Centenarians gain, but still precious few

Centenarians gain, but still precious few

December 20th, 2012 by Pam Sohn in Local Regional News

105-year-old Rosa Lee Blevins tells stories about her long life Thursday in her Signal Mountain home. Blevins recently turned 105 and is one of just over 50,000 people age 100 and older in the nation.

Photo by Allison Love/Times Free Press.

POLL: Do you know a centenarian?

BY THE AGES

• The population of people 100 and older represent fewer than two per 10,000 people.

• Centenarians represent 19 of 10,000 people who are 70 and older.

• More than half -- 62.5 percent -- are 100 or 101, while roughly 92 percent are ages 100 to 104.

• Supercentenarians -- those ages 110 and older -- represent 0.6 percent of the centenarian population.

Source: U.S. Census Bureau

It was the year the Lusitania made its maiden voyage from Liverpool to New York. The Titanic wouldn't even be under construction for two years. Oklahoma became the newest state: No. 46. Rudyard Kipling was awarded the Nobel Prize for Literature. And Rosa Lee Walker was born on Fredonia Mountain.

It was 1907. Today, the ships, Kipling and even Oklahoma's fleeting title are gone. But not Rosa Lee.

Rosa Lee Walker Blevins turned 105 last week in her home of 56 years on Signal Mountain, and she's quick to smile and share her secret of longevity.

"My children, my grandchildren, my great-grandchildren and my great-great-grandchildren. My family," she said.

Blevins is one of only about 53,000 people in the nation -- about 900 in Tennessee -- who are 100 or older, according to figures from the U.S. Census Bureau.

That's a tiny proportion of the nation's total population -- representing fewer than two centenarians for every 10,000 people of younger ages. And despite rapid health care and technology advances, their ranks are growing slowly.

There were 53,364 centenarians in the United States in 2010, representing only 1.73 per 10,000 people in the total population. This proportion has increased only slightly since 1980, when it was 1.42 per 10,000.

Even among oldsters, people who live to 100 and beyond still are rare.

And they are overwhelmingly female. For every 100 centenarian women, there are only 20.7 centenarian men.

Charles Hess, administrator of Alexian's Health and Rehabilitation Center, said three things contribute to the long lives of these folks: Access to good health care, good attitudes and family support.

"It seems to be a common thread. If they have access to good medical care through the years, then they seem to have a better quality of life for longer," Hess said. And the supportive family contributes to their good outlook.

Seeing change

When Rosa Lee was born, the average life expectancy in the U.S. was 47 years. More than 95 percent of all births in the U.S. took place at home.

The average wage in the U.S. was 22 cents an hour.

Only 14 percent of the homes in America had a bathtub, and only 8 percent had a telephone.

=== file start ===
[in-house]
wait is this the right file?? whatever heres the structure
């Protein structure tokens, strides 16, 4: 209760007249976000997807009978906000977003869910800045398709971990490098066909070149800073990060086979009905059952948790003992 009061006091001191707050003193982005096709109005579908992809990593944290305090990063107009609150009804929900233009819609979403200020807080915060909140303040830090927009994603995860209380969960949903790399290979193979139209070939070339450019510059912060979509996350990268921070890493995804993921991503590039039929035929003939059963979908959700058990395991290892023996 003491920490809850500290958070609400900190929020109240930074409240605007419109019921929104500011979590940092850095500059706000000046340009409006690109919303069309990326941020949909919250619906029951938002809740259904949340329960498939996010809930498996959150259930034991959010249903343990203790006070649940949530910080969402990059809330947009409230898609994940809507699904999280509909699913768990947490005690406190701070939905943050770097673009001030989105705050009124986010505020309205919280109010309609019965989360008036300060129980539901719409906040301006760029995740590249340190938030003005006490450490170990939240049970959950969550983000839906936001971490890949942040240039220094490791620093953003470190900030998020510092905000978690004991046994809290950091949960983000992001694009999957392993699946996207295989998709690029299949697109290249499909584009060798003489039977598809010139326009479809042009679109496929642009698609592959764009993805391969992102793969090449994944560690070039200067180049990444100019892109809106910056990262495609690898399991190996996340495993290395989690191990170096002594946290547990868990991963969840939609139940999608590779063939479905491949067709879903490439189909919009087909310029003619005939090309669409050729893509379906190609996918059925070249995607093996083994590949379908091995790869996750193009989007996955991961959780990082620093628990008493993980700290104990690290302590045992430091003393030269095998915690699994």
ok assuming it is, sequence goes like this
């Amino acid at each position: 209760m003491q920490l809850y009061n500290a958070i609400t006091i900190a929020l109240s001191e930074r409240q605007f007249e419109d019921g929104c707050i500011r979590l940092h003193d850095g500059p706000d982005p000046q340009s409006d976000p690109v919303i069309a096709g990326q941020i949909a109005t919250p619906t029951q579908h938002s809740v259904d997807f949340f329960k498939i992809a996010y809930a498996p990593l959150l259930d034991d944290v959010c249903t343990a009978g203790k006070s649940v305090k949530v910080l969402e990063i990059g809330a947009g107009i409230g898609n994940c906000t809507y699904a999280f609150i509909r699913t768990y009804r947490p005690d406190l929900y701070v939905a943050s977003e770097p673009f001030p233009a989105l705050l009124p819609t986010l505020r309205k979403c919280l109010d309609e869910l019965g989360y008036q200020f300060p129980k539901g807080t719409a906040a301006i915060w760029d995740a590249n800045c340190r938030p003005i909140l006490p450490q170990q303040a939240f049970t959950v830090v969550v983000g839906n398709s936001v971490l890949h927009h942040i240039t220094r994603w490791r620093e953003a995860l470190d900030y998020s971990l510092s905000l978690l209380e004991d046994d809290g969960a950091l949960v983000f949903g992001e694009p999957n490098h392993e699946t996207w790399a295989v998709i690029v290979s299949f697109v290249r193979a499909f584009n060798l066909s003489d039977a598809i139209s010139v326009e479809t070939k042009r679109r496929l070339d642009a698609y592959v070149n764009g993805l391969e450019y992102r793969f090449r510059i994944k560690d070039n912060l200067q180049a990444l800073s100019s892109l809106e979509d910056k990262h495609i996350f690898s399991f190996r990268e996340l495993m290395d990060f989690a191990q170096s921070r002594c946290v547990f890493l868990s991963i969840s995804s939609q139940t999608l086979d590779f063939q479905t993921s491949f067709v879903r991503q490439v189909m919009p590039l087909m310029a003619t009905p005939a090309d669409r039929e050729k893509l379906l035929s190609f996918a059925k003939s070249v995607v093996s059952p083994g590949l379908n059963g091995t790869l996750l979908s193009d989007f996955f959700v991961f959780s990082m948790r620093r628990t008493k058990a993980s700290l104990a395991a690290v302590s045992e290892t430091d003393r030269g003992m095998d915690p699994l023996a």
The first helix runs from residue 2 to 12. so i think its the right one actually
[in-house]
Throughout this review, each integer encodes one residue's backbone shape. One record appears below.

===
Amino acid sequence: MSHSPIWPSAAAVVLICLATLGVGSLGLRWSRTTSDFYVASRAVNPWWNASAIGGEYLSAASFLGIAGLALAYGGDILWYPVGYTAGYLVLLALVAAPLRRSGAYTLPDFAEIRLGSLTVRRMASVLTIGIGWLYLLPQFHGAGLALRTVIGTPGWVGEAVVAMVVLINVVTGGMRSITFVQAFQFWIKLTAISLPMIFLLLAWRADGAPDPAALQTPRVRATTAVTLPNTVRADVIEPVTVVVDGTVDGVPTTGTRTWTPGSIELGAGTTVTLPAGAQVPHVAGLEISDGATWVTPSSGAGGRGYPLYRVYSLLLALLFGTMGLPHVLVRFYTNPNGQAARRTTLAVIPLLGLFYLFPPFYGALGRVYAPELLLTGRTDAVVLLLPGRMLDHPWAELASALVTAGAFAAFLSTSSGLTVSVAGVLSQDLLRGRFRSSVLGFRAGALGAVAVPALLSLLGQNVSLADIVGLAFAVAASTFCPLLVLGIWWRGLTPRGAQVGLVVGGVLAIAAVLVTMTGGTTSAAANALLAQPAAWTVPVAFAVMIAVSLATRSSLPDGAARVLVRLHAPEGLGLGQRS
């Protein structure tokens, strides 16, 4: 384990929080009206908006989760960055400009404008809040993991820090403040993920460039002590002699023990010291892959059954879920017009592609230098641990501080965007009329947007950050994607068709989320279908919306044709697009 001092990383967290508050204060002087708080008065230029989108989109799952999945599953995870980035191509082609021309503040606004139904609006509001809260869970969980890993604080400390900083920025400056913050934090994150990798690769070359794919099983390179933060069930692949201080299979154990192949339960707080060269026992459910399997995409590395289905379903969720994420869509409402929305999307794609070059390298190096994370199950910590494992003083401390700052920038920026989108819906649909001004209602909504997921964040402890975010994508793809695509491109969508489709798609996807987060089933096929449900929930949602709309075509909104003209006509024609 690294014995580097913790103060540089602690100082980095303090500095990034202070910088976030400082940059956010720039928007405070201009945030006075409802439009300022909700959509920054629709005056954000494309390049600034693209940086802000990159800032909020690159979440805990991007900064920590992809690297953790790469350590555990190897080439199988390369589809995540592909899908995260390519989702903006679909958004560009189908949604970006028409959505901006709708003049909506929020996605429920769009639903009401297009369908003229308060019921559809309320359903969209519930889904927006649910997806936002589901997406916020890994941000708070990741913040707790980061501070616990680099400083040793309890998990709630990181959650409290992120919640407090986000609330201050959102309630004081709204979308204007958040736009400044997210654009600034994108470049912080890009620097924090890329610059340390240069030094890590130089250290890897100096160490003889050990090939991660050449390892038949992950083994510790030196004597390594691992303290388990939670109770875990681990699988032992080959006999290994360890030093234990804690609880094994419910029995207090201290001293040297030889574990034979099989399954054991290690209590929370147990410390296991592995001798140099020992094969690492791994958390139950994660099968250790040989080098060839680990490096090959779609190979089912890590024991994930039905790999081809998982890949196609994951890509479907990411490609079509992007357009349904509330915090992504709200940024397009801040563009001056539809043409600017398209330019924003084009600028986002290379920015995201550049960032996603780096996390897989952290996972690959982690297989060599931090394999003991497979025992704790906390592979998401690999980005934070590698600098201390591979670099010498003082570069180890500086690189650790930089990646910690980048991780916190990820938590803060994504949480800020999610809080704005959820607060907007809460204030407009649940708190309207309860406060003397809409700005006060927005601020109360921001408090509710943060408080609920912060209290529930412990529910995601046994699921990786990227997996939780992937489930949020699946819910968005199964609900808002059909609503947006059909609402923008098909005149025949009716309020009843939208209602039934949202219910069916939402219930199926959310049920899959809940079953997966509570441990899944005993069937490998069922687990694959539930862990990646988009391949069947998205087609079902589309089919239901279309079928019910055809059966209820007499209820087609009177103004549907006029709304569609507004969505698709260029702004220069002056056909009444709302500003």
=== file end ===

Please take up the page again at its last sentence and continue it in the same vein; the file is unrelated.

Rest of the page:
Electricity didn't come to Tennessee -- where Rosa Lee has lived her whole life -- until she was at least in her 20s.

Today, Rosa Lee lives in the same house she and her husband and sons built on the back side of Signal Mountain in 1956, clearing timber from a 25-acre farmstead. Her husband, Chester, died several years ago.

She says she has had five children, 10 grandchildren, 18 great-great-grandchildren, and four great-great-great-grandchildren,

Son Don Blevins has moved in with her to help keep her company, and she spends most of her time quilting and watching television.

Last week, the centenarian -- still a beautiful woman -- primped as visitors settled in to see her.

"Everybody asks where are my wrinkles," she said with a sly grin. "I say, 'Well, am I supposed to have some?'"

As she talked, Don climbed onto her motorized scooter to turn it in close quarters and ride it out of the way, while his brother Doug teased him that their mom did a better turning job.

"She's like Mario Andretti on that thing," Doug said, laughing.

She doesn't like to dwell on life's sad moments, like wars or losing two of her five children to cancer.

Her father was a coal miner and her mother was a mining company postmaster.

The working mother would take her tiny baby girl to work with her and place her where she could watch her sleep in a box her father's tall work boots had come in.

The customers would all talk and coo with "my little Rose," she tells her children.

Her daughter, Martha Hillis, said Rosa Lee uses quilting to keep one foot squarely planted in her history, but at the same time she enjoys the technological wonders of today -- especially television.

"Mom loves quilting and the [Atlanta] Braves," Martha said. "Even when they play on the West Coast and start time is so late, she will sit up and watch every minute of the game. And the closer the score, the faster that needle will fly."

Hess believes the gamut of changes that have occurred in centenarians' lives helped make them who they are.

A self-proclaimed history buff, he says he loves talking with the oldsters about the differing times in their lives.

"In the past 100 years -- that's an awful lot of things that have changed. They give you a perspective that you can't get with someone who is 50, 60 or 70 years old."

Today's centenarians lived through the Depression and grew up hard. They went through the world wars.

"That defines who you are a lot of times," Hess said. "They had to grow up in a certain way to survive."